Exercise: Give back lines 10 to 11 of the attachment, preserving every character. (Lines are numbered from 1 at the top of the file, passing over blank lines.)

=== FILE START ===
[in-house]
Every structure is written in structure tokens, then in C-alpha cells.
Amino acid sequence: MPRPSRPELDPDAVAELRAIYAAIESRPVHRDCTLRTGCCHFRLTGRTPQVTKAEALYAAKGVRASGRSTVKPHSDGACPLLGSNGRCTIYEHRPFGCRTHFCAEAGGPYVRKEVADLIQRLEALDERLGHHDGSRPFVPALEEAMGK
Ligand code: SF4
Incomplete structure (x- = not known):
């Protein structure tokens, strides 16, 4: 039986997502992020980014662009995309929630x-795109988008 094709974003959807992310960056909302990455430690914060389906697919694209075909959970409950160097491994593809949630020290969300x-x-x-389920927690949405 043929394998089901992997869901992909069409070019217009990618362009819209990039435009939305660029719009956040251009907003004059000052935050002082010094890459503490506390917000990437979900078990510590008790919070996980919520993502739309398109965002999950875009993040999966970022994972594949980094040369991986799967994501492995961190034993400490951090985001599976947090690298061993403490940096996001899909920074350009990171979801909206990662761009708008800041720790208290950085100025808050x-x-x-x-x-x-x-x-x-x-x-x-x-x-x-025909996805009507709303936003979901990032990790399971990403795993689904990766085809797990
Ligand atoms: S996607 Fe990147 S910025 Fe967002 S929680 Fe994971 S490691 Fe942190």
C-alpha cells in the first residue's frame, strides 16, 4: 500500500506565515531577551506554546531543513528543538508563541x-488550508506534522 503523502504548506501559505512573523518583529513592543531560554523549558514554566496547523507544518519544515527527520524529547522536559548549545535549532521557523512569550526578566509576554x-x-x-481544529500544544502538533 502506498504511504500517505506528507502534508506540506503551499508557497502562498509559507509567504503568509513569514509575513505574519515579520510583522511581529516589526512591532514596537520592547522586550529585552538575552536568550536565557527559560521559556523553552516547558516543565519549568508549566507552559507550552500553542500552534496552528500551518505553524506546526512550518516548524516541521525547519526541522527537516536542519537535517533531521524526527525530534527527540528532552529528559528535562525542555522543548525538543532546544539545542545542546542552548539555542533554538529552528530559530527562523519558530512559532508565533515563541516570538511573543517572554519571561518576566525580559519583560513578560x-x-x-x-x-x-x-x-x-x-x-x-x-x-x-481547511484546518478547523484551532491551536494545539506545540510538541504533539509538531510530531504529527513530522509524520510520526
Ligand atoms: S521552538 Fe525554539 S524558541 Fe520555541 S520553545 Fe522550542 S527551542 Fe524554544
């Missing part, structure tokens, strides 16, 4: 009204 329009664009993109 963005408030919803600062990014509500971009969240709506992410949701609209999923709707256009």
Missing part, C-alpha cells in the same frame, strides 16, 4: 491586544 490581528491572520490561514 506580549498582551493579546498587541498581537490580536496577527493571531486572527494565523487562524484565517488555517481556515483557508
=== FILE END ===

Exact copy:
């Missing part, structure tokens, strides 16, 4: 009204 329009664009993109 963005408030919803600062990014509500971009969240709506992410949701609209999923709707256009």
Missing part, C-alpha cells in the same frame, strides 16, 4: 491586544 490581528491572520490561514 506580549498582551493579546498587541498581537490580536496577527493571531486572527494565523487562524484565517488555517481556515483557508